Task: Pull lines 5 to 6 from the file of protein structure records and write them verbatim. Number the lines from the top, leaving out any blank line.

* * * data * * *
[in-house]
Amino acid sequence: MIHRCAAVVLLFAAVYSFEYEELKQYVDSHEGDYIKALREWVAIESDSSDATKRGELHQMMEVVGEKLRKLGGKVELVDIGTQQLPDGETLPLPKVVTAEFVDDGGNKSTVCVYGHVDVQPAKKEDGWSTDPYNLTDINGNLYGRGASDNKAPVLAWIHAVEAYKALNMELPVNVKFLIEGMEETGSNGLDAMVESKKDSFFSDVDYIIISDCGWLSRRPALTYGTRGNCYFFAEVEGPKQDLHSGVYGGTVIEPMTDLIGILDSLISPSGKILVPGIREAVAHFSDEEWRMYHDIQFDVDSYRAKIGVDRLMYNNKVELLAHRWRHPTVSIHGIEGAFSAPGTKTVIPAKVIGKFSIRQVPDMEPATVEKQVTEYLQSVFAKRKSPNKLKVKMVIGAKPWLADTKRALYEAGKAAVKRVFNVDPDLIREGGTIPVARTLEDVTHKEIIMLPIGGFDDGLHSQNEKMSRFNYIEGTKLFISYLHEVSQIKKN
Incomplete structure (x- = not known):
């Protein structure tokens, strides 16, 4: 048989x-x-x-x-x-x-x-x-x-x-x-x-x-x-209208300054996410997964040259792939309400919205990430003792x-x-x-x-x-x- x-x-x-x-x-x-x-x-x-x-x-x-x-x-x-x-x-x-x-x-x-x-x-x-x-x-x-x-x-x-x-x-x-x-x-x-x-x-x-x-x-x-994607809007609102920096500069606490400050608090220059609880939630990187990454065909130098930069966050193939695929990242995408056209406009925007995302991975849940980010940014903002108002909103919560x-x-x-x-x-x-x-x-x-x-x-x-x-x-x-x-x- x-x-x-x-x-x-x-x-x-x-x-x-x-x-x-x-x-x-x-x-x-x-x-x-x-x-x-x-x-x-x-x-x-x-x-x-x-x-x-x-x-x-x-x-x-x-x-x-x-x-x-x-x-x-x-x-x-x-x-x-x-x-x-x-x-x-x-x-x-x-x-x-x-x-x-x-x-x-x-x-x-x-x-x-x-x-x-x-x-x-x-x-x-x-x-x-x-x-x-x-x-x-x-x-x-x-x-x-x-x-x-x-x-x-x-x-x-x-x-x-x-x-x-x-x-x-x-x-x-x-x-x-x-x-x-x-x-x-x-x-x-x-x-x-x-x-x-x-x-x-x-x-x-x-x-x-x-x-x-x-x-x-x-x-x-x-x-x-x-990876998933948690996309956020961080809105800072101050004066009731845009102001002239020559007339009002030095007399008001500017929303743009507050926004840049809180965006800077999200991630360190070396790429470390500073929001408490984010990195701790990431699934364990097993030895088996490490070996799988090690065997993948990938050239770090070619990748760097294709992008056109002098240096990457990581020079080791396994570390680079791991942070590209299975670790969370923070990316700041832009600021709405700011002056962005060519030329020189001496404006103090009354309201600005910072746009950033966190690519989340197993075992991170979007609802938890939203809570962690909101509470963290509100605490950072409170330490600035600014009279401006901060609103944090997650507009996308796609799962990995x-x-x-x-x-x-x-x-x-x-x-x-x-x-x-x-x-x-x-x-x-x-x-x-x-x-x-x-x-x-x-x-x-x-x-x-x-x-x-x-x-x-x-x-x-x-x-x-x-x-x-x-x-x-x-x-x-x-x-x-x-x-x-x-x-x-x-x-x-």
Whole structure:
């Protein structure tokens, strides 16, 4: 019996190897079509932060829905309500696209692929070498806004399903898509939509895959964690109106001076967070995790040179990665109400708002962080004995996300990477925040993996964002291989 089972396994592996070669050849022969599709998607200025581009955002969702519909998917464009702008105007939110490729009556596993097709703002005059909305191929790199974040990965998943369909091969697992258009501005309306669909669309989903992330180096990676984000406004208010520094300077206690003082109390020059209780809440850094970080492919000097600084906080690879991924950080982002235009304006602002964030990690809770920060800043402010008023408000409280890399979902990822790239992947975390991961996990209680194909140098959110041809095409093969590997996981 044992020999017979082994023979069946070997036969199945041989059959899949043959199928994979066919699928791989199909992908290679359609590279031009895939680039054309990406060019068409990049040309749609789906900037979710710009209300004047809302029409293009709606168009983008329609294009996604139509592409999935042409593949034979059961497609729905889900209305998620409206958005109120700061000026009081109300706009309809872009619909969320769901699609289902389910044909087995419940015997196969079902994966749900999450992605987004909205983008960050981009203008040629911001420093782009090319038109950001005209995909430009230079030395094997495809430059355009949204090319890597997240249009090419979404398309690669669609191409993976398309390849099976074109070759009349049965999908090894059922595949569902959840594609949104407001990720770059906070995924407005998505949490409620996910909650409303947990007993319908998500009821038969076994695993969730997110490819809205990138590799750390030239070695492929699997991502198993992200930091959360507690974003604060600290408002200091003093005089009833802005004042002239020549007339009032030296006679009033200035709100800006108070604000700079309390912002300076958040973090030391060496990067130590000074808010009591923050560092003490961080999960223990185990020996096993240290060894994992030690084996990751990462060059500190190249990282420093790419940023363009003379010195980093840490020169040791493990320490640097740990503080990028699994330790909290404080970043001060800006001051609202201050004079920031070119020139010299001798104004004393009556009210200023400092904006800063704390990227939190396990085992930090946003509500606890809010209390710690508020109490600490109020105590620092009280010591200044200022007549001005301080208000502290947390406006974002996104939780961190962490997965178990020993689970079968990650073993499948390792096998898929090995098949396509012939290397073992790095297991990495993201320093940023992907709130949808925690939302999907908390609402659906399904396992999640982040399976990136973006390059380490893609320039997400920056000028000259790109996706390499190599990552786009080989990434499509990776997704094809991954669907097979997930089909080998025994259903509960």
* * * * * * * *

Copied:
Whole structure:
């Protein structure tokens, strides 16, 4: 019996190897079509932060829905309500696209692929070498806004399903898509939509895959964690109106001076967070995790040179990665109400708002962080004995996300990477925040993996964002291989 089972396994592996070669050849022969599709998607200025581009955002969702519909998917464009702008105007939110490729009556596993097709703002005059909305191929790199974040990965998943369909091969697992258009501005309306669909669309989903992330180096990676984000406004208010520094300077206690003082109390020059209780809440850094970080492919000097600084906080690879991924950080982002235009304006602002964030990690809770920060800043402010008023408000409280890399979902990822790239992947975390991961996990209680194909140098959110041809095409093969590997996981 044992020999017979082994023979069946070997036969199945041989059959899949043959199928994979066919699928791989199909992908290679359609590279031009895939680039054309990406060019068409990049040309749609789906900037979710710009209300004047809302029409293009709606168009983008329609294009996604139509592409999935042409593949034979059961497609729905889900209305998620409206958005109120700061000026009081109300706009309809872009619909969320769901699609289902389910044909087995419940015997196969079902994966749900999450992605987004909205983008960050981009203008040629911001420093782009090319038109950001005209995909430009230079030395094997495809430059355009949204090319890597997240249009090419979404398309690669669609191409993976398309390849099976074109070759009349049965999908090894059922595949569902959840594609949104407001990720770059906070995924407005998505949490409620996910909650409303947990007993319908998500009821038969076994695993969730997110490819809205990138590799750390030239070695492929699997991502198993992200930091959360507690974003604060600290408002200091003093005089009833802005004042002239020549007339009032030296006679009033200035709100800006108070604000700079309390912002300076958040973090030391060496990067130590000074808010009591923050560092003490961080999960223990185990020996096993240290060894994992030690084996990751990462060059500190190249990282420093790419940023363009003379010195980093840490020169040791493990320490640097740990503080990028699994330790909290404080970043001060800006001051609202201050004079920031070119020139010299001798104004004393009556009210200023400092904006800063704390990227939190396990085992930090946003509500606890809010209390710690508020109490600490109020105590620092009280010591200044200022007549001005301080208000502290947390406006974002996104939780961190962490997965178990020993689970079968990650073993499948390792096998898929090995098949396509012939290397073992790095297991990495993201320093940023992907709130949808925690939302999907908390609402659906399904396992999640982040399976990136973006390059380490893609320039997400920056000028000259790109996706390499190599990552786009080989990434499509990776997704094809991954669907097979997930089909080998025994259903509960």